We acknowledge that Comment 3 under section 3-119 explains that "The section applies to negotiable instruments the ordinary rule that writings executed as a part of the same transaction are to be read together as a single agreement." But even were we to say that the terms of a note could modify the terms of a separate, if contemporaneous, security agreement, we face the fact that the supposedly curative language in the note regarding future liabilities is not phrased as an undertaking but as a statement of something done in the past which was not, in fact, done. The note merely recites "* * * having deposited * * * as collateral for payment of * * * liabilities * * * now existing or hereafter arising * * *." The security agreement itself is silent as to its collateral status relative to future obligations other than renewals or extensions of the specific note.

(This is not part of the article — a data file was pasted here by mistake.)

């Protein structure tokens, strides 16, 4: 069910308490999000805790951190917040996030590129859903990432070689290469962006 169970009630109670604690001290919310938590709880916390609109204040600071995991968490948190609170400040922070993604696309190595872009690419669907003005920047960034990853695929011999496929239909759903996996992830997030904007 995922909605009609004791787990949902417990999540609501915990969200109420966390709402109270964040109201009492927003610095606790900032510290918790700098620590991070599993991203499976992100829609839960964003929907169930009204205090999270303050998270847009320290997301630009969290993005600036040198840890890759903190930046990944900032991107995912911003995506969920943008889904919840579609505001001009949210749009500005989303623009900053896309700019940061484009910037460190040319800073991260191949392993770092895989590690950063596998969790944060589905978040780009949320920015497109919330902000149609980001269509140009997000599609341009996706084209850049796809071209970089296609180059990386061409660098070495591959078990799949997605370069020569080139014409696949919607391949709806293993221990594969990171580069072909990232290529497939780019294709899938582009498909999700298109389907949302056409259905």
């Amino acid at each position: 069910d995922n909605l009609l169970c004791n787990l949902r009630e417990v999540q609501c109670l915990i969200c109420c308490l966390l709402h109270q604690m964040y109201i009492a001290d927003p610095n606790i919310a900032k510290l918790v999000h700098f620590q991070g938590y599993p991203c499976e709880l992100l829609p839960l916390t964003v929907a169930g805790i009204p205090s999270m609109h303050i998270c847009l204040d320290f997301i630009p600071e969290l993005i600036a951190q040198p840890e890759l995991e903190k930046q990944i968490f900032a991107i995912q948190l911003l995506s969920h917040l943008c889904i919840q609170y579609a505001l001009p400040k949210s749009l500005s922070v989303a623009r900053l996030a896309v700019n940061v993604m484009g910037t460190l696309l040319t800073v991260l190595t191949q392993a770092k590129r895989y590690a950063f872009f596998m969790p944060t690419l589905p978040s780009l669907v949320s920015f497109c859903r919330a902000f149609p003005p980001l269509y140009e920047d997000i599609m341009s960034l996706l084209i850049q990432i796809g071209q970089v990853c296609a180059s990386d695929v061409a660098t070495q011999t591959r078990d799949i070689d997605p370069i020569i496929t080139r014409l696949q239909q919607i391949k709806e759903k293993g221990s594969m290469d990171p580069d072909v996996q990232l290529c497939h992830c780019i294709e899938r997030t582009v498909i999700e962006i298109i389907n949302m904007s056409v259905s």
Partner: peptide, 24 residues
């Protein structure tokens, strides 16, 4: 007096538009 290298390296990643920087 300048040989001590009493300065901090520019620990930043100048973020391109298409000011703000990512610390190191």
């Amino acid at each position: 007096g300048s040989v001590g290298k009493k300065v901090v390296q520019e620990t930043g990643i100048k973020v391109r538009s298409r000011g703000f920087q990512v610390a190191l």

It is arguable that the debtor's failure to demand, pursuant to section 9-404(1) and (2), a termination statement indicating that appellee had no security interest is evidence of its alleged understanding that the July 30, 1963 security agreement was indeed intended to cover future advances. This, together with the notations on the various notes, raises the question of the extent to which the intention of the parties and equitable considerations may affect rights ineffectively preserved in legal instruments.